Four priests from across our Diocese tell us about their favourite passage from the Gospel of Matthew, which is the primary Gospel read on Sundays during Year A of the Lectionary cycle.
Bishop Jeremy Greaves – Bishop for the Northern Region
There are plenty of riches to be found in the Gospel according to Matthew and I am tempted to include one of the parables in my list of “favourites”. However, my favourite passage from Matthew comes right at the beginning and it is those 17 verses that make up Matthew’s genealogy of Jesus. In the King James Version of the Bible it is all those “begats”: “Abraham begat Isaac; and Isaac begat Jacob; and Jacob begat Judas and his brethren”… and so on.
It is my favourite passage because it contains some wonderful surprises. It is a passage that gets left out of the Lectionary readings for Christmas, but rewards us if we take a bit of time to notice just who is included. Especially, we might notice the “four shady ladies” (as some have called them) listed amongst all of the men in Jesus’ family tree: Tamar, Rahab, Ruth and Bathsheba.
Now my family tree has some interesting branches, but Matthew wants us to know that Jesus’ family tree includes an incestuous relationship between Judah and Tamar, a sex worker named Rahab, an act of seduction on the part of an outsider named Ruth and an act of adultery that culminated in an act of murder in the life of Bathsheba, the wife of Uriah the Hittite. No wonder we do not read this passage to all the visitors in church for Christmas services. Otherwise we would have to give the Christmas services an MA15+ rating.
The 17 verses that include incest and prostitution, and seduction and adultery, and murder as part of the story of Jesus says to me that even these things cannot get in the way of God’s love for the world. Matthew seems to be suggesting that no matter what you have done or what has been done to you, and no matter what you have been, the love of God can bring transformation and holiness and wholeness out of whatever mess we might find ourselves in. The love of God in Christ Jesus takes all of the stuff of our lives – the good, the messy, the ugly – and can transform it for good. And that is a pretty good starting point from which to hear the good news according to Matthew.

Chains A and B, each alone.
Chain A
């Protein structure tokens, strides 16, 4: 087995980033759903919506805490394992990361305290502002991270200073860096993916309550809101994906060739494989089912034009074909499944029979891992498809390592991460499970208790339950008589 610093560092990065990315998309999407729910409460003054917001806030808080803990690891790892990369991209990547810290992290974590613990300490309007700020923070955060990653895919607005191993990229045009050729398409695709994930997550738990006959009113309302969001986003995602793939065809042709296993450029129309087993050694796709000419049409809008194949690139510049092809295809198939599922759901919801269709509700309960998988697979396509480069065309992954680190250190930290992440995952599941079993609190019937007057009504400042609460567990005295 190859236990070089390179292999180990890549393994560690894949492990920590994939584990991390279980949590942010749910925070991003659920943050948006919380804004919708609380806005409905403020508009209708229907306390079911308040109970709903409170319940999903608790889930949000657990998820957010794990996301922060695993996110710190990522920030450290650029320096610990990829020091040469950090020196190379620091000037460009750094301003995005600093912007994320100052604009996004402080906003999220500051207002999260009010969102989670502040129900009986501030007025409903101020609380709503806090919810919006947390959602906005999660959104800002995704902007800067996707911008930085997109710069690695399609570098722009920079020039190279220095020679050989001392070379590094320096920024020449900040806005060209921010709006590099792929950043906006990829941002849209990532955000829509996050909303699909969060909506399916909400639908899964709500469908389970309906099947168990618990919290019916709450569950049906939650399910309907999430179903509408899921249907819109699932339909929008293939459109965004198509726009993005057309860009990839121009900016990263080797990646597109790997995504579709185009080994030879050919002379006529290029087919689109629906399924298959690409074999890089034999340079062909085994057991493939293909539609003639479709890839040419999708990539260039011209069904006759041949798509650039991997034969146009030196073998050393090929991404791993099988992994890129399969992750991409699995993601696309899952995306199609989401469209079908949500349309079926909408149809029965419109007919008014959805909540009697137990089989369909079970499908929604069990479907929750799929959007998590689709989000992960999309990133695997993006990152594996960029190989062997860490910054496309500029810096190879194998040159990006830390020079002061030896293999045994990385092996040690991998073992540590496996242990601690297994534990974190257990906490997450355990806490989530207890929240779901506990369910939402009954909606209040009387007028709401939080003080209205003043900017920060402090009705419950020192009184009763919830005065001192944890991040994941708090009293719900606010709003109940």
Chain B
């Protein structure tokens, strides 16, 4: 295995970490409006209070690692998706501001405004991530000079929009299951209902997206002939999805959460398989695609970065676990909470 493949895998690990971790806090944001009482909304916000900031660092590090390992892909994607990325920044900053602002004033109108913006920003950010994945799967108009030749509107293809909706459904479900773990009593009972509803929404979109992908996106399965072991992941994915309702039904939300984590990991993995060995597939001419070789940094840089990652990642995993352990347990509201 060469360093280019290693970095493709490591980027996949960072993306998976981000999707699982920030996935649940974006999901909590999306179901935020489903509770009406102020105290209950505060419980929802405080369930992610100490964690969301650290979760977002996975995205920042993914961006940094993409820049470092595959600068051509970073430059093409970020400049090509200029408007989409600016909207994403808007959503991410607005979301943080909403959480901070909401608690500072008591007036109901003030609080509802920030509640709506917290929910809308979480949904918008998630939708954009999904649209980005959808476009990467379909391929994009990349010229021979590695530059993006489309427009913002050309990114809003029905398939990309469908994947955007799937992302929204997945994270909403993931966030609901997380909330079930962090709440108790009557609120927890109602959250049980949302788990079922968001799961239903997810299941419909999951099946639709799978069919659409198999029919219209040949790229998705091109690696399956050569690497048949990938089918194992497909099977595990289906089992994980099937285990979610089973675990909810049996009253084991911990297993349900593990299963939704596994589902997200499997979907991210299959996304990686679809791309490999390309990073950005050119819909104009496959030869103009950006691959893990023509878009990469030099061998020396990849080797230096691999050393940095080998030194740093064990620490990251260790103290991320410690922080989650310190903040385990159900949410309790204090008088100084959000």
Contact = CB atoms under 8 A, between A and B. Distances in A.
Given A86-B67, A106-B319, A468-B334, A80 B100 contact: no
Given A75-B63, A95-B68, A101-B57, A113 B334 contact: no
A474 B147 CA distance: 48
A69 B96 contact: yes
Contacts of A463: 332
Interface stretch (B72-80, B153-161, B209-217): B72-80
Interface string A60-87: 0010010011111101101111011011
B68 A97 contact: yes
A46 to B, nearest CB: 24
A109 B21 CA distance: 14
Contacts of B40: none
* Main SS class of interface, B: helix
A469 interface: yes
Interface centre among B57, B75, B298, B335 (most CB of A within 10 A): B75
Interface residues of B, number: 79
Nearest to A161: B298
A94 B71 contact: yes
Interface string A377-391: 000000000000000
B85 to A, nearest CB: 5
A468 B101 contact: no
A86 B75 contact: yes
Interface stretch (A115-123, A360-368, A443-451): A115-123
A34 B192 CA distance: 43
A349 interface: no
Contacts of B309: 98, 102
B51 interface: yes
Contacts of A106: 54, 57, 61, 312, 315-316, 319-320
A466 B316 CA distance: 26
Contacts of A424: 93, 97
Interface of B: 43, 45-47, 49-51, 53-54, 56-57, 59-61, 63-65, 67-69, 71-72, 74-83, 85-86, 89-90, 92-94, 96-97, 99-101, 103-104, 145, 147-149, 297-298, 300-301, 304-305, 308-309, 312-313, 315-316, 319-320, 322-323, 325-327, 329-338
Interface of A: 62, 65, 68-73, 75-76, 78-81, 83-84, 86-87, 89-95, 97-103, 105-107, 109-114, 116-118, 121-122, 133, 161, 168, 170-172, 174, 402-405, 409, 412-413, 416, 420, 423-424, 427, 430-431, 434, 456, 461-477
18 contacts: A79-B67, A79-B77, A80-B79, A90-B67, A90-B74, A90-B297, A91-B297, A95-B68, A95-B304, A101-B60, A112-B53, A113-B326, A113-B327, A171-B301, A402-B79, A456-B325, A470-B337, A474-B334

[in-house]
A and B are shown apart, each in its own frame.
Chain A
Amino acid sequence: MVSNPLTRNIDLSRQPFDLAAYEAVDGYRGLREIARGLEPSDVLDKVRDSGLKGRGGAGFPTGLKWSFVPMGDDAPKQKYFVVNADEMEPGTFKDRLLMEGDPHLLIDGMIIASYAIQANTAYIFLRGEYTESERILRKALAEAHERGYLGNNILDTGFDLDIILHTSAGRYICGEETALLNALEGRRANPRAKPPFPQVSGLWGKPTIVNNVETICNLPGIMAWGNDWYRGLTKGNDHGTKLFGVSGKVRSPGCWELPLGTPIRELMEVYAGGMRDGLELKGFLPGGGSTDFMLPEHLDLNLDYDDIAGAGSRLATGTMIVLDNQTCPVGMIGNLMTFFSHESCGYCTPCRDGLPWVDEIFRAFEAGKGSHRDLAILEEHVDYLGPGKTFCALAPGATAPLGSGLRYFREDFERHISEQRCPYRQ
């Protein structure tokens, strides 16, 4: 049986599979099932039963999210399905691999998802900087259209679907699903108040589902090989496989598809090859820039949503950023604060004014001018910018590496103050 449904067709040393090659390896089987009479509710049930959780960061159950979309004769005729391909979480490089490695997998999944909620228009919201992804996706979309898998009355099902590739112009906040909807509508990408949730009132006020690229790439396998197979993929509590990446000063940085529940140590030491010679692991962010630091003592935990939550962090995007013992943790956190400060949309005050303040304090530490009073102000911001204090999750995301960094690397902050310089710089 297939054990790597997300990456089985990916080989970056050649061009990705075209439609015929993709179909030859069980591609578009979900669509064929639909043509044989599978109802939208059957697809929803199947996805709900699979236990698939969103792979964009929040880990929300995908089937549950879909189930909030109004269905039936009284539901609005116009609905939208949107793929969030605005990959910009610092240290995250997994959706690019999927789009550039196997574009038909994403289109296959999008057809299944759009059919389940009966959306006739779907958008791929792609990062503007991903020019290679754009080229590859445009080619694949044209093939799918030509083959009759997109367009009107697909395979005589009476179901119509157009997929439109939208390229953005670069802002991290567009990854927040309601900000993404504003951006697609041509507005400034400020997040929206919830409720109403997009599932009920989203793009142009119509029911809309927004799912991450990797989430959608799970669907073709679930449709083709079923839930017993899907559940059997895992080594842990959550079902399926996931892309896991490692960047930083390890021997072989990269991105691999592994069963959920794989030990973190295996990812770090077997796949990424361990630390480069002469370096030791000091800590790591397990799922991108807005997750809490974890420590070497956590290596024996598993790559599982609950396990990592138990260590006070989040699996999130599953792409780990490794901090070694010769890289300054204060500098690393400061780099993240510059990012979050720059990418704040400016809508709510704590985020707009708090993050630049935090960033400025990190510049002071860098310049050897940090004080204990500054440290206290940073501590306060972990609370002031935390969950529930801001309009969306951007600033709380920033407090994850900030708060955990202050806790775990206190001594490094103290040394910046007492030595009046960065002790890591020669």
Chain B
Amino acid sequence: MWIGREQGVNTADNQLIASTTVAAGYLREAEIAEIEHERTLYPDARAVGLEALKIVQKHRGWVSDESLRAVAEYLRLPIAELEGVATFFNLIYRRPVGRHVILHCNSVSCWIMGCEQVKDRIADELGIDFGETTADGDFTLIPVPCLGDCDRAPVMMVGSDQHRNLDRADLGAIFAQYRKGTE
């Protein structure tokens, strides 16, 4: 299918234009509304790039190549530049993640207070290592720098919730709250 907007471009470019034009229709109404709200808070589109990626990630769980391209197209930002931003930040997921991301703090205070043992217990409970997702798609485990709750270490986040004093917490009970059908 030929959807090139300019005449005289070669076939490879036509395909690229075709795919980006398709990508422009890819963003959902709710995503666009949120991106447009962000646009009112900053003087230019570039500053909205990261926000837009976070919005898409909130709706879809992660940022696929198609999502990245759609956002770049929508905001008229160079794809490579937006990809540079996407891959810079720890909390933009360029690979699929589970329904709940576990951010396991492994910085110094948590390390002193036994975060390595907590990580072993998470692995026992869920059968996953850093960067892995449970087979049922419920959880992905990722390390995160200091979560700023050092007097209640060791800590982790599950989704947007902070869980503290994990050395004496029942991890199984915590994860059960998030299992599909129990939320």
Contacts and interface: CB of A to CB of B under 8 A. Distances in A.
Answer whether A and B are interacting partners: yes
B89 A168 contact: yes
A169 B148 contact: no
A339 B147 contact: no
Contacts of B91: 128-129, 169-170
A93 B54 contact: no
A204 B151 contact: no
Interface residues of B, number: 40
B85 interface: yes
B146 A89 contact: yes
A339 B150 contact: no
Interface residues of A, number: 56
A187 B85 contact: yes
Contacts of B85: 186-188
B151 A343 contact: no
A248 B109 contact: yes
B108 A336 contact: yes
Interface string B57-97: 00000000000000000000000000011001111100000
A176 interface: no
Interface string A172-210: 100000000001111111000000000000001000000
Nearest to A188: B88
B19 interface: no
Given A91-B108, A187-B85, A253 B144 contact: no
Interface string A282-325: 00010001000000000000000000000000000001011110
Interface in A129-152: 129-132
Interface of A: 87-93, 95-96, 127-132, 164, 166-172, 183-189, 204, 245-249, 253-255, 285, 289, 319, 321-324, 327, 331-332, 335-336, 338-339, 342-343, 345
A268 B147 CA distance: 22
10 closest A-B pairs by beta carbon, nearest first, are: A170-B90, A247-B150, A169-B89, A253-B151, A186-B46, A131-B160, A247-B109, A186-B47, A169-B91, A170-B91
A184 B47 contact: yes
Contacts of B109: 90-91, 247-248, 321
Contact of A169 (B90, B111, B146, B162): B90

The Rev’d Ms Melissa Conway – Assistant Priest, St Anne’s, Highfields
“And he said to them, ‘Therefore every scribe who has been trained for the kingdom of heaven is like the master of a household who brings out of his treasure what is new and what is old.’” (Matthew 13.52)
Matthew chapter 13 is full of parables – stories that Jesus uses to illustrate the nature of God’s kingdom, or sometimes to contrast God’s kingdom with the way our world often works. After two short parables about finding treasures (44-46), Jesus turns his attention to what gets kept and what gets thrown away. Verse 52 reminds us that we have treasures already stored up. And that more importantly, we have both old and new treasures.
These are my favourite verses from Matthew because they remind me of two important things.
Often the treasure that we seek is already in our possession. Conversely, seeking externally to meet an inner yearning is often unsatisfying or of fleeting value. The advertising industry manipulates our inner yearnings to an extreme, so that it seems that what we deeply desire, such as love, belonging and acceptance, can be obtained through possessions and experiences that do not directly address that inner longing.